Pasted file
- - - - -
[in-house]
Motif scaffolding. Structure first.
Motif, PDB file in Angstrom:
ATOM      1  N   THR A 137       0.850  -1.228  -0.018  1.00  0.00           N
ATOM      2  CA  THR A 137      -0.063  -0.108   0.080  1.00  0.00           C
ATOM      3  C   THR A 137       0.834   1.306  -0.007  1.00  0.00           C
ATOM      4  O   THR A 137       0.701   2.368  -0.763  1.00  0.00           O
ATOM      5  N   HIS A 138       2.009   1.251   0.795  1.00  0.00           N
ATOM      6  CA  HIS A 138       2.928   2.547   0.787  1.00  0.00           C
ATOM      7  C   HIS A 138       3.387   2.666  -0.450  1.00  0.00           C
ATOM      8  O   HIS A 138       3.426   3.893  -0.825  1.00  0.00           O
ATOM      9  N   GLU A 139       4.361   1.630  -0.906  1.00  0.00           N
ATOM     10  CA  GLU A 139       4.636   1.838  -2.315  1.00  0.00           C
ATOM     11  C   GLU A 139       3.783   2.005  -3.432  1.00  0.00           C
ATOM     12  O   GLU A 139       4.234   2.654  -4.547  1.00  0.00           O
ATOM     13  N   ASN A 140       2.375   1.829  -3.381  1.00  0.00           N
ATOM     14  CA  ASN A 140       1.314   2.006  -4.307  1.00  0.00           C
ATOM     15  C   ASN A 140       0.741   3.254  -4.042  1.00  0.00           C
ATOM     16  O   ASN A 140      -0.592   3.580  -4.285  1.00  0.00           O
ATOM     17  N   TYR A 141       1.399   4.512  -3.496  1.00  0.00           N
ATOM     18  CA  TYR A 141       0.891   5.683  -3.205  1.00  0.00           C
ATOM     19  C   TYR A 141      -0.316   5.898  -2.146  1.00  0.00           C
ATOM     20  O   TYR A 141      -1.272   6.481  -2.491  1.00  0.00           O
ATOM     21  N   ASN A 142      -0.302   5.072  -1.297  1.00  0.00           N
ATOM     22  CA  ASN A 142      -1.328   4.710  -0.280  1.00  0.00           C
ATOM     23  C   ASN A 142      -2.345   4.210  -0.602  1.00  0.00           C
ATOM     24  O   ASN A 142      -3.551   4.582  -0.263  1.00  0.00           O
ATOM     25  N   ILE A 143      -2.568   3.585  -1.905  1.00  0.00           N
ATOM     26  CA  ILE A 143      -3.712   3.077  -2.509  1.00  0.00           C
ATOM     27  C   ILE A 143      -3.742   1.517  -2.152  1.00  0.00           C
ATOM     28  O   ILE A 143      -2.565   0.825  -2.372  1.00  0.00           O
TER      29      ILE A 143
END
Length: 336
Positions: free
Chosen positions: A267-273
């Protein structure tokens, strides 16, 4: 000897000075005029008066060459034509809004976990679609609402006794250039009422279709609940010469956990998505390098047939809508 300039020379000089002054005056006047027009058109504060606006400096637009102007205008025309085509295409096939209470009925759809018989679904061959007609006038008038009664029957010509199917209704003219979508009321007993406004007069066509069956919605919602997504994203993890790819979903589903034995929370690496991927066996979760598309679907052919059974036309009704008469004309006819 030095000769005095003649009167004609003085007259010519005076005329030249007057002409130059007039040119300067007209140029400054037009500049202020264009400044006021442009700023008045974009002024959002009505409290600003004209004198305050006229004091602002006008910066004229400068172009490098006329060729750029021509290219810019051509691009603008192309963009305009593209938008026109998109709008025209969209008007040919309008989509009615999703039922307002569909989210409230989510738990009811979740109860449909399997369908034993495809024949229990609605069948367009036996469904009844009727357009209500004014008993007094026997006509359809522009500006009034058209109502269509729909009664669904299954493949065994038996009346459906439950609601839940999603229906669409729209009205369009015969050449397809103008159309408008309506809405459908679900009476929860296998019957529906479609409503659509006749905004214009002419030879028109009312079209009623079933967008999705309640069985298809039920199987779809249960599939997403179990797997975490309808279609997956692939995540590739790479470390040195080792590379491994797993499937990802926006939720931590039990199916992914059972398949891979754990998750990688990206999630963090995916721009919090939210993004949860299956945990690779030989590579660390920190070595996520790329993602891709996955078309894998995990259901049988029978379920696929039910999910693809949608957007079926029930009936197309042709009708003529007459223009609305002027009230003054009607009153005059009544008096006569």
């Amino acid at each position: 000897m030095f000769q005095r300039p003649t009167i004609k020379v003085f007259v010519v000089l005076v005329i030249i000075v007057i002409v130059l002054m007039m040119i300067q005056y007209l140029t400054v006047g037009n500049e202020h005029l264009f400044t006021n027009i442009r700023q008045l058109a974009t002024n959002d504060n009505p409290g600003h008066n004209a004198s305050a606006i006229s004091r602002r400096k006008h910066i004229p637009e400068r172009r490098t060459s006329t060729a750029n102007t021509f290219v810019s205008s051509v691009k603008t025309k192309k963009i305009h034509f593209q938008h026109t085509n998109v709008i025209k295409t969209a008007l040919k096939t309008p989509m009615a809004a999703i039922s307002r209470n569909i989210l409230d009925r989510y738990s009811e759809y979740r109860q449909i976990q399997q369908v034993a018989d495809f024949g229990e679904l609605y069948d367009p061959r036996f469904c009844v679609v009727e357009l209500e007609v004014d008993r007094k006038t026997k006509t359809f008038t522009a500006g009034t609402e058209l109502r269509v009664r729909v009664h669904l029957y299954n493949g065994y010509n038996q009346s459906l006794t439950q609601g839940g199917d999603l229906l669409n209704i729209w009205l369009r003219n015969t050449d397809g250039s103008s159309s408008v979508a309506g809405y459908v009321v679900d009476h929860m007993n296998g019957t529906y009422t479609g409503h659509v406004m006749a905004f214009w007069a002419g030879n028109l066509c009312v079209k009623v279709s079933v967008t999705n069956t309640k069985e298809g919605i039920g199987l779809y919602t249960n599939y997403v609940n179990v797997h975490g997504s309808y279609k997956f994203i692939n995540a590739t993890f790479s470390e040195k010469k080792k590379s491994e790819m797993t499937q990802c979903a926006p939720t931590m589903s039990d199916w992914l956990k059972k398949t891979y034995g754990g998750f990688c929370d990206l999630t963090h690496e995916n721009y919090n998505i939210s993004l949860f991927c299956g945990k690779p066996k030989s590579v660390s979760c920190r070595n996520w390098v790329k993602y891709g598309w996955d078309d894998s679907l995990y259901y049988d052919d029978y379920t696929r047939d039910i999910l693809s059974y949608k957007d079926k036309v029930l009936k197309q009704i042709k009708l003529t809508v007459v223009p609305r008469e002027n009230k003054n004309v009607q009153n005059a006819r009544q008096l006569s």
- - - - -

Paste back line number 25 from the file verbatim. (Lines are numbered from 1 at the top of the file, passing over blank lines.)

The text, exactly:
ATOM     22  CA  ASN A 142      -1.328   4.710  -0.280  1.00  0.00           C